It helps even though it is just from one academy. The information is important because it provides some insight on how players, who may not have been in the earlier age groups of the NFF (U13 and U15), are recruited. Apparently, this is one case where the NFF actually checks the birth records. For "all we knew before now", NFF purposely seeks for overage players and gambling to find which of them is able to beat the MRI test. :???: Although that idea, in my opinion, was laughable given efforts to raise U13 and U15 players but now we know that NFF even goes beyond just raising those younger squads.

Frankly, we are not where we need to be yet but I certainly believe that the NFF has made commendable efforts towards getting there with the U17 team. I hope they can device methods to curb the menace at the U20 level where it certainly appears to be persistent.

I think that this debate has to be advanced in the future to ask why FIFA refuses to publish results of the random tests they do at tournaments. I have a hunch why and I also believe that my hunch explains somewhat why FIFA is planning to ditch the U17 and U20 and go to the U19 in the near future. But let me stop at this point and hopefully we will all have that important debate in the near future.

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PostPosted: Wed Aug 15, 2018 10:24 pm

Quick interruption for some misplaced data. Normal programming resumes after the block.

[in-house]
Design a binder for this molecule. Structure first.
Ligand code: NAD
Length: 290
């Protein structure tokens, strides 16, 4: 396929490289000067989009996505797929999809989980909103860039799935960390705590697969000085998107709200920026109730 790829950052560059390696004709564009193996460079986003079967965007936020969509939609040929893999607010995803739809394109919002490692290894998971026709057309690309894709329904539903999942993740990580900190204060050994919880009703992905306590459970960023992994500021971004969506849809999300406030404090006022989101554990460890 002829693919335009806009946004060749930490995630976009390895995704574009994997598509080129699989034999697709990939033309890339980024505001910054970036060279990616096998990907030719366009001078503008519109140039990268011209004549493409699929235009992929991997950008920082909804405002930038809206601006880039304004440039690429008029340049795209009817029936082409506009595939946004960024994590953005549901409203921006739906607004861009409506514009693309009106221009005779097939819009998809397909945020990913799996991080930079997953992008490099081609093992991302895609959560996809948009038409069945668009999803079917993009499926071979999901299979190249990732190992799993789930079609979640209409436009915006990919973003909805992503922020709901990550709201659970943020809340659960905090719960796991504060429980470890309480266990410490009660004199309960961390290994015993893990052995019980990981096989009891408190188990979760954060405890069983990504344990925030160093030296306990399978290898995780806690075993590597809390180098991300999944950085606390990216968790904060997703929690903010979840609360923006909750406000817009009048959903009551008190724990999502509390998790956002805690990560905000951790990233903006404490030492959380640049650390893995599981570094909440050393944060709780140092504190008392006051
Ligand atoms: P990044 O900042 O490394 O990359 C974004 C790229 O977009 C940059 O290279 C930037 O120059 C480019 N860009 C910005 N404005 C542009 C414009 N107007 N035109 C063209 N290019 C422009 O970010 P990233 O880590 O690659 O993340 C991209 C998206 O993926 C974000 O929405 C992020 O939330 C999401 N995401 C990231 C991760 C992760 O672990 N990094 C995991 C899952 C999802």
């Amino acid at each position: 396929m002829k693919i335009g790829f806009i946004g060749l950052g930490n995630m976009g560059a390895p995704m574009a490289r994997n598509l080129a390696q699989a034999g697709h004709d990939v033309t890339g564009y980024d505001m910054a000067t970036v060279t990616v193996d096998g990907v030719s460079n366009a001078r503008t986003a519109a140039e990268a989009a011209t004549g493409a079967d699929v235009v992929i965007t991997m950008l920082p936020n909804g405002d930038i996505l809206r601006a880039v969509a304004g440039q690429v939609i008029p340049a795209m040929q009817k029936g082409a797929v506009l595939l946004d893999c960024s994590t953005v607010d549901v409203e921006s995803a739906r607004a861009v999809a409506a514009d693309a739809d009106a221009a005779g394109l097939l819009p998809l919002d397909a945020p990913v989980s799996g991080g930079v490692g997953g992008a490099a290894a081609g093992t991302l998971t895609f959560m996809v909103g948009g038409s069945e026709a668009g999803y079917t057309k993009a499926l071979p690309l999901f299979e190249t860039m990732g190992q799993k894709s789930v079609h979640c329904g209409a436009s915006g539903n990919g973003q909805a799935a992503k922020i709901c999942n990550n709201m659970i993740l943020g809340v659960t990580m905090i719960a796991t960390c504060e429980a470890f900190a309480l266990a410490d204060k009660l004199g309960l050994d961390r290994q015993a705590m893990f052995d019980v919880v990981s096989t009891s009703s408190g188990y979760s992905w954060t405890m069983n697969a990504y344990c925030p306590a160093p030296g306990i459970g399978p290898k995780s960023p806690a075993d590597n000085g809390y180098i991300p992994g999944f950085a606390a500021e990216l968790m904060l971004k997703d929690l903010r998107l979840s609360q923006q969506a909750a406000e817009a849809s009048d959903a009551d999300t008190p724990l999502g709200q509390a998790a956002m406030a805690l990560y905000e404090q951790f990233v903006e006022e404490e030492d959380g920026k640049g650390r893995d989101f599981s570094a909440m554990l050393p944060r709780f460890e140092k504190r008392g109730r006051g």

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Ugbowo wrote:
I've been wanting to stay away from the debate because of my ummmm...bias but I cant help myself.

I have some players from my academy in the current U17 team. This is how they got there.....

A coach noticed us in a tournament in Lagos and decided to come to our training to see if he any of the boys could make it. We played our U17 against our U19 when he came. The players in my U17 don't have passports but they have birth certificates and are with the academy with parental permission. The U17 coach picked the boys from my U17 team and they were invited to the first phase of camping.

NFF provided the accommodation for the boys but we were responsible for his general up keep. They all lasted in camp until the final 60. One of them just got sent home after the first batch of results came out. Others passed and some are going through the second batch testing today.

How does this lend credence to the argument? The assistant coach who came to my camp relied on my academy for age verification and the MRI test was used as a back up. He watched better players in the U19 squad and said he will make recommendations to the coaching staff there. If he wanted to cheat, he would have taken the U19 boys he really wanted.

I don't know if this helps or hurts the argument. All I know is they are trying to do the right thing from my own first hand experience.
Ugbowo, of course it helps contribute to the debate.
Thanks for the information.